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K. Todd Wallace publishes article on paraprofessionals emerging from the Paralegal profession

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Business attorney reviews emerging trend of paraprofessionals and pending proposals to formalize such services.

NEW ORLEANS - Dec. 7, 2018 - Rezul -- New Orleans attorney K. Todd Wallace has published the next article in his four-part series on the paralegal profession, this time on "paraprofessionals." The complete articles will be published on the blog of Mr. Wallace at https://ktoddwallaceblog.blogspot.com/

There is an evolving group of Paralegals that ascend the ranks to act almost like attorneys, similar to Nurse Practitioners who in many cases diagnose and treat health conditions. In civil law cases, there are proposals pending (or already implemented in certain States, as explained below) to address the day-to-day legal need of those unable or unwilling to hire a full-fledged Attorney. This includes the commonplace legal needs of low to moderate-income people by authorizing limited practice by licensed non-lawyers, now known as "paraprofessionals." This is easy to understand. Many procedures or applications are difficult to understand for "normal" people who are not exposed to them on a daily basis. For example, even forms provided by Courts to make certain filings simpler and possibly enable people to file the forms or applications themselves without the assistance of an Attorney are quite difficult to understand that at least some explanation is still required. This concept has been gradually gaining acceptance. Unlike Paralegals, such paraprofessionals provide services without the direct supervision of an attorney. At this point, two state supreme courts have embraced the "licensed legal technician" concept, and other jurisdictions are closely monitoring its viability.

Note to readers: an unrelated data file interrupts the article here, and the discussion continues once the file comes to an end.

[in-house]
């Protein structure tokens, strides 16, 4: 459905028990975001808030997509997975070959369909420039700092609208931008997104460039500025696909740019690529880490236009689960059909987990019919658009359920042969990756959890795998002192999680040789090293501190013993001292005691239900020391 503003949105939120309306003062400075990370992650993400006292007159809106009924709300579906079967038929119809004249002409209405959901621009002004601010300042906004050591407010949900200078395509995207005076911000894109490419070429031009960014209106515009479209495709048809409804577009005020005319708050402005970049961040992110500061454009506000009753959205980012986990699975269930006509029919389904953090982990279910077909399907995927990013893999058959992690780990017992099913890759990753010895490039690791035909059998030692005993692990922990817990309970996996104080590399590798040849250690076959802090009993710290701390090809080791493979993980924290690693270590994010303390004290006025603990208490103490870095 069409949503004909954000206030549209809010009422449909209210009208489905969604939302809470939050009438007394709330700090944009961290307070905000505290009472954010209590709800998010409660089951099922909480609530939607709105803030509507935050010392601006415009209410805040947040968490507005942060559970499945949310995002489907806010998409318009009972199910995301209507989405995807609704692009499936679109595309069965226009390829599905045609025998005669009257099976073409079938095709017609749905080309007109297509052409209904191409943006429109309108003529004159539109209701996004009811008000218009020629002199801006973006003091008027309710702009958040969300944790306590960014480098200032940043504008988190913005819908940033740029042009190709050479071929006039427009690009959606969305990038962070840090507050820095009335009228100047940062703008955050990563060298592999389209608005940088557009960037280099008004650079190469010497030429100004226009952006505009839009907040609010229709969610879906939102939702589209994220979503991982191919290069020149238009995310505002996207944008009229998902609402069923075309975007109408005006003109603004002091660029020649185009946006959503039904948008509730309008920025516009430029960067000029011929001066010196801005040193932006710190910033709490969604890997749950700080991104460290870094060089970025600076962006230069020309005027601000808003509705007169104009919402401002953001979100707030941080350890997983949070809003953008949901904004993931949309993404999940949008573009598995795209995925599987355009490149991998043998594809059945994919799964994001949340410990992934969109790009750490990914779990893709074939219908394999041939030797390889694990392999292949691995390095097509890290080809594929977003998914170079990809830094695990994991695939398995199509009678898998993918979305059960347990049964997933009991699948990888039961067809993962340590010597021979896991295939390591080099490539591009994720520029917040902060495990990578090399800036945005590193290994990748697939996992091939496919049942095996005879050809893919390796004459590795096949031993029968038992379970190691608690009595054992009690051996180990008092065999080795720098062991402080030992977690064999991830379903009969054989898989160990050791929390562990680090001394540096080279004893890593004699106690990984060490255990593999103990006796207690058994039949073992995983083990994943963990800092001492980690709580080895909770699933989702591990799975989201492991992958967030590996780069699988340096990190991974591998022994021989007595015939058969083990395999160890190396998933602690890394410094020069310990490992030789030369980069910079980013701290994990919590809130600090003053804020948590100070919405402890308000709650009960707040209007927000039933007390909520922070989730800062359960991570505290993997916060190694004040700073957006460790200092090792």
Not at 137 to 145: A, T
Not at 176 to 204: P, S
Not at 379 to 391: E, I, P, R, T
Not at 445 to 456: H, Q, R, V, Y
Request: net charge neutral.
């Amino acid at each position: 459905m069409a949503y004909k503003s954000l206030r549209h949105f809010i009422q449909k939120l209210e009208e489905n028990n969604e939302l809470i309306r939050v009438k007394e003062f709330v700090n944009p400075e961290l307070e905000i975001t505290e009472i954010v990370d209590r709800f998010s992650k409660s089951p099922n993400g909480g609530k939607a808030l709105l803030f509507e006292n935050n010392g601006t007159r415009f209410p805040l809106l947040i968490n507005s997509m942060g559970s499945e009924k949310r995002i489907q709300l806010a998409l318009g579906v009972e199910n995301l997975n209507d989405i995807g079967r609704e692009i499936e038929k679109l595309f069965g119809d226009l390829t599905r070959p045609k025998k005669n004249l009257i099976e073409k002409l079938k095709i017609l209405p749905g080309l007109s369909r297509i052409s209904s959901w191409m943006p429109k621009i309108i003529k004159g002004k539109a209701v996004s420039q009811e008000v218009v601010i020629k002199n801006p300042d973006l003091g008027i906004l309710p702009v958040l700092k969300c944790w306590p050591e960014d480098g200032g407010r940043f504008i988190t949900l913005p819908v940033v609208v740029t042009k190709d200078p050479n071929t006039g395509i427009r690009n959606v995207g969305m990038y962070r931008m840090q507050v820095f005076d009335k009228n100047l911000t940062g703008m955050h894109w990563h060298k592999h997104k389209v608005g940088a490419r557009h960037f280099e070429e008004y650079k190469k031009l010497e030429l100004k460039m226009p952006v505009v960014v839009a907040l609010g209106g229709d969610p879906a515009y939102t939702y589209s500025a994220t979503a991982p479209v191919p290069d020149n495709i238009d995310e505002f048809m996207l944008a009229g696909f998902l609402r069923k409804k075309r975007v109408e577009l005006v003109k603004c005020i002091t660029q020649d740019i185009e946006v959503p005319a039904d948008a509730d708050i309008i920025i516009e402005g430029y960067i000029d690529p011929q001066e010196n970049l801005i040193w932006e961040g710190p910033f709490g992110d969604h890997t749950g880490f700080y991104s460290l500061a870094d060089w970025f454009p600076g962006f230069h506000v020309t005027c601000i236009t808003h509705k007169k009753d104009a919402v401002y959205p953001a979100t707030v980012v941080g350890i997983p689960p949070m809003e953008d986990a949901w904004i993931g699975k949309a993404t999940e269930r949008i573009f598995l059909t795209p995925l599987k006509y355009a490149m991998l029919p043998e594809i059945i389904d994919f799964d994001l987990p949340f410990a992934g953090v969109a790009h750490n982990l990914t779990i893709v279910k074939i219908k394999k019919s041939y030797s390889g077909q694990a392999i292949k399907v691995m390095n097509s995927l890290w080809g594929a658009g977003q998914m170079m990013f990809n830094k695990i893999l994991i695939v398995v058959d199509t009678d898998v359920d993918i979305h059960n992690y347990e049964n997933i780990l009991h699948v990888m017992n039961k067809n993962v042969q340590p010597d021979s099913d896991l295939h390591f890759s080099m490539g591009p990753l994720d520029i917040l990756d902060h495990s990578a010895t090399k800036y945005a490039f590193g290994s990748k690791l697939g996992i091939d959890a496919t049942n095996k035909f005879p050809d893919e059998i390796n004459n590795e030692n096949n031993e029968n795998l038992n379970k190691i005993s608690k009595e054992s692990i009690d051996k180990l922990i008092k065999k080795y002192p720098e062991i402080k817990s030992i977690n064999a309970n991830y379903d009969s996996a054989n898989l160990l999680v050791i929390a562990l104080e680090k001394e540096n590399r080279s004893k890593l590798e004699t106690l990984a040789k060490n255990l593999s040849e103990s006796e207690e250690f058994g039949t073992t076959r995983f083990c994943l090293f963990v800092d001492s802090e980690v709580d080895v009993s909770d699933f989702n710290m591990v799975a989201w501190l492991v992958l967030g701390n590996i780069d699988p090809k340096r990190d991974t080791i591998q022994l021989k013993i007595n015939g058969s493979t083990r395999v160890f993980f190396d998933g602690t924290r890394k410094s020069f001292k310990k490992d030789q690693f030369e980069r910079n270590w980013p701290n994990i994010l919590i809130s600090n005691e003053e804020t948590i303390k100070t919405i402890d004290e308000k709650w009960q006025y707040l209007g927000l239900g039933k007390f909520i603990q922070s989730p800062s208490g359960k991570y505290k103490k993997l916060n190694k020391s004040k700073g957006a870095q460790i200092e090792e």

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Given the high percentage of self-represented parties in courtrooms around the country, some advocates believe regulated legal paraprofessionals (charging lower fees) can help narrow the access-to-justice gap. That may one day be the case, but the paraprofessional model and its efficacy in addressing this disparity remain unproven, and ethical rules prevent such a system at least at present.

Washington State pioneered the "limited license" model. In 2013, after years of study, the Washington State Supreme Court adopted the concept of the "Limited License Legal Technician" (LLLT) to perform specific legal services in the area of domestic relations. LLLTs are subject to stringent requirements, which include obtaining an Associate's degree or higher and completing additional specified coursework; performing 3,000 hours of Paralegal work; passing three law and ethics exams, as well as a character and fitness review. Further, they must also complete a licensing program, satisfy financial responsibility requirements, as well as continuing legal education, and meet malpractice insurance requirements. LLLTs are subject to rules of professional conduct and a disciplinary process similar to those that apply to attorneys. The Board that oversees the LLLT program is now considering expanding the subject matter areas in which paraprofessionals may practice to include consumer debt law.

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Several other U.S. States are now following this example. One of the main reasons for this development is the realization that there is massive need for some form of representation in civil law areas for vast numbers of the population that are attempting self-representation due to limited access to attorneys (mostly due to financial restraints). This is in spite of legal aid societies as well as significant pro bono attorney services. A large number of individuals continue to represent themselves in these areas and could benefit from paraprofessionals.

About K Todd Wallace

Kenneth Todd Wallace is an attorney and founding partner of the law firm Wallace Meyaski LLC. He has nearly 20 years of experience in the legal and business professions with established excellence in trial advocacy, negotiation, strategic and initiative planning, employment law compliance, government relations, mergers and acquisitions, and team building.

News: https://attorneygazette.com/kenneth-todd-wallace
Blog at: https://ktoddwallaceblog.blogspot.com/

Contact
Wallace Meyaski Law Firm
K Todd Wallace, Esq.
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Source: Wallace Meyaski Law Firm
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